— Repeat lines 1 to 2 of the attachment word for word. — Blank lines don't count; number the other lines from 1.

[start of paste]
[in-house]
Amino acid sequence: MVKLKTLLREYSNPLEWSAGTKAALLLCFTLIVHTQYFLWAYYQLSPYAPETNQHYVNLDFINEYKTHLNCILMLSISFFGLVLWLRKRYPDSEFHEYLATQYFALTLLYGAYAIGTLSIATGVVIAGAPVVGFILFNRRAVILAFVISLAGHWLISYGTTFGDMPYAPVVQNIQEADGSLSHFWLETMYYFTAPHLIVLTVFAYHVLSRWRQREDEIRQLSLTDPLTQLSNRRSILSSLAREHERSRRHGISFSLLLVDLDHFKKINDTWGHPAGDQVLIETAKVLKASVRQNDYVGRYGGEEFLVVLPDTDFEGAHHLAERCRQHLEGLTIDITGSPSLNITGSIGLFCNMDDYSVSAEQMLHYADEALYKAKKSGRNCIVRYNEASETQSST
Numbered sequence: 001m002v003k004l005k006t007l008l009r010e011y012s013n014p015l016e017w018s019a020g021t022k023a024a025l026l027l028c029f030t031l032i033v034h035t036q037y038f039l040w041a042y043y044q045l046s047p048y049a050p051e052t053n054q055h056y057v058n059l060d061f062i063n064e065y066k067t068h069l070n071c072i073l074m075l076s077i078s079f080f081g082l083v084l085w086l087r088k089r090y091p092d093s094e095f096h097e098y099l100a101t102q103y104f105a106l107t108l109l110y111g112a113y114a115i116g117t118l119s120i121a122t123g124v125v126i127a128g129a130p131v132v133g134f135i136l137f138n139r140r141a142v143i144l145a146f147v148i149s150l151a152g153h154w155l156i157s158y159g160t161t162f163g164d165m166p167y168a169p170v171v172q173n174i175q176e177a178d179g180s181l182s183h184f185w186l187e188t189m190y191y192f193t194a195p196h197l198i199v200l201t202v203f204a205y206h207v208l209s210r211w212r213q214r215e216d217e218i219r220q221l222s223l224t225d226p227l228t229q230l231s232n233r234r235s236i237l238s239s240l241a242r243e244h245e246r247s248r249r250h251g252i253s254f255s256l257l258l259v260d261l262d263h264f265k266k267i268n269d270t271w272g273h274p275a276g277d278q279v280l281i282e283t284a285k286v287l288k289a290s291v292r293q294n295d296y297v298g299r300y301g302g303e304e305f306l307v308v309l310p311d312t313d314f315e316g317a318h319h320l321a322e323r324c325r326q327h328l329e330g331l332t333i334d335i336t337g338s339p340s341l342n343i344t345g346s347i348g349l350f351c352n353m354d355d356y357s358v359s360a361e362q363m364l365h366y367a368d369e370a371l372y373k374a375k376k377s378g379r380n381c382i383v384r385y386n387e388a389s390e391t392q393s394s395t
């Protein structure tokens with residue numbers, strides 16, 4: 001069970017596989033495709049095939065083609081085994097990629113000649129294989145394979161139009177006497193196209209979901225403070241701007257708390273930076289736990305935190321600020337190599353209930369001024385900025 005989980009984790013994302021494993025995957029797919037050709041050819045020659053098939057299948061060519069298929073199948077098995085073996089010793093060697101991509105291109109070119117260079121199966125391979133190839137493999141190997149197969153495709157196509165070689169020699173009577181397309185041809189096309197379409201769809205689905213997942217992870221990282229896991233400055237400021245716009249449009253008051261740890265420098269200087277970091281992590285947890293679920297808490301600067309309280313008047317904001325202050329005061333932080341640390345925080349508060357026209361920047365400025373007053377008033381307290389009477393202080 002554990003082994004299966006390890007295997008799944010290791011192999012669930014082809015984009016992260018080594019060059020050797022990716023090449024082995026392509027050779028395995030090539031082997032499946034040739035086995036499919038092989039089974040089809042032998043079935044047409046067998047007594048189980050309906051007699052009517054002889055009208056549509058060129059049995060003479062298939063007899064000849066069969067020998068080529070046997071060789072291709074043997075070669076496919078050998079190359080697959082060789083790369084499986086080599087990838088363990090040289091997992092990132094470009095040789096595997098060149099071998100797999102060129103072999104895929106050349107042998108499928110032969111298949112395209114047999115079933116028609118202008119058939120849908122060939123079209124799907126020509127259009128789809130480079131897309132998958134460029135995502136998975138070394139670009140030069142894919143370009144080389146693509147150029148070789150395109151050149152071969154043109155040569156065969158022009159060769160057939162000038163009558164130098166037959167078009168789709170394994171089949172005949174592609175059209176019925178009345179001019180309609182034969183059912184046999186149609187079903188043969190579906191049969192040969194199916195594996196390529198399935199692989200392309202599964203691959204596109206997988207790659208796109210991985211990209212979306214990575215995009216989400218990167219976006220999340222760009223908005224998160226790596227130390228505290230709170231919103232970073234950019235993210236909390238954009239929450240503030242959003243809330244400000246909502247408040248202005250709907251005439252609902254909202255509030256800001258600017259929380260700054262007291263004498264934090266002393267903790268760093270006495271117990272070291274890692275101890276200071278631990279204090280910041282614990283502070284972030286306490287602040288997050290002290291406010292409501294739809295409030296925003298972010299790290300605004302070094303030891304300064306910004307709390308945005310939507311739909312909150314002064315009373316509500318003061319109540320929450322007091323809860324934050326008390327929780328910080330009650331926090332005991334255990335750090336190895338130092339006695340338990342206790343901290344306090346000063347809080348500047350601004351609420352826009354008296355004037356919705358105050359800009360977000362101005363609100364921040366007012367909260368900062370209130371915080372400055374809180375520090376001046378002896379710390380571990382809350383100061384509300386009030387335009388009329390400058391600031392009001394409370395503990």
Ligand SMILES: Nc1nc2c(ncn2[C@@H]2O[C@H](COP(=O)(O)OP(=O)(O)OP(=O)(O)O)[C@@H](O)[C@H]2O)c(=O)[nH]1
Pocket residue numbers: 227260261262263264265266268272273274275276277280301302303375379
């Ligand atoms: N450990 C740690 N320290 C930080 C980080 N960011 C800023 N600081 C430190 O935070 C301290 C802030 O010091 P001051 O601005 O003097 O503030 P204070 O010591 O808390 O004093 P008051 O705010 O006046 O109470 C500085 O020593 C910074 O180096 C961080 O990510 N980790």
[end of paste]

[in-house]
Amino acid sequence: MVKLKTLLREYSNPLEWSAGTKAALLLCFTLIVHTQYFLWAYYQLSPYAPETNQHYVNLDFINEYKTHLNCILMLSISFFGLVLWLRKRYPDSEFHEYLATQYFALTLLYGAYAIGTLSIATGVVIAGAPVVGFILFNRRAVILAFVISLAGHWLISYGTTFGDMPYAPVVQNIQEADGSLSHFWLETMYYFTAPHLIVLTVFAYHVLSRWRQREDEIRQLSLTDPLTQLSNRRSILSSLAREHERSRRHGISFSLLLVDLDHFKKINDTWGHPAGDQVLIETAKVLKASVRQNDYVGRYGGEEFLVVLPDTDFEGAHHLAERCRQHLEGLTIDITGSPSLNITGSIGLFCNMDDYSVSAEQMLHYADEALYKAKKSGRNCIVRYNEASETQSST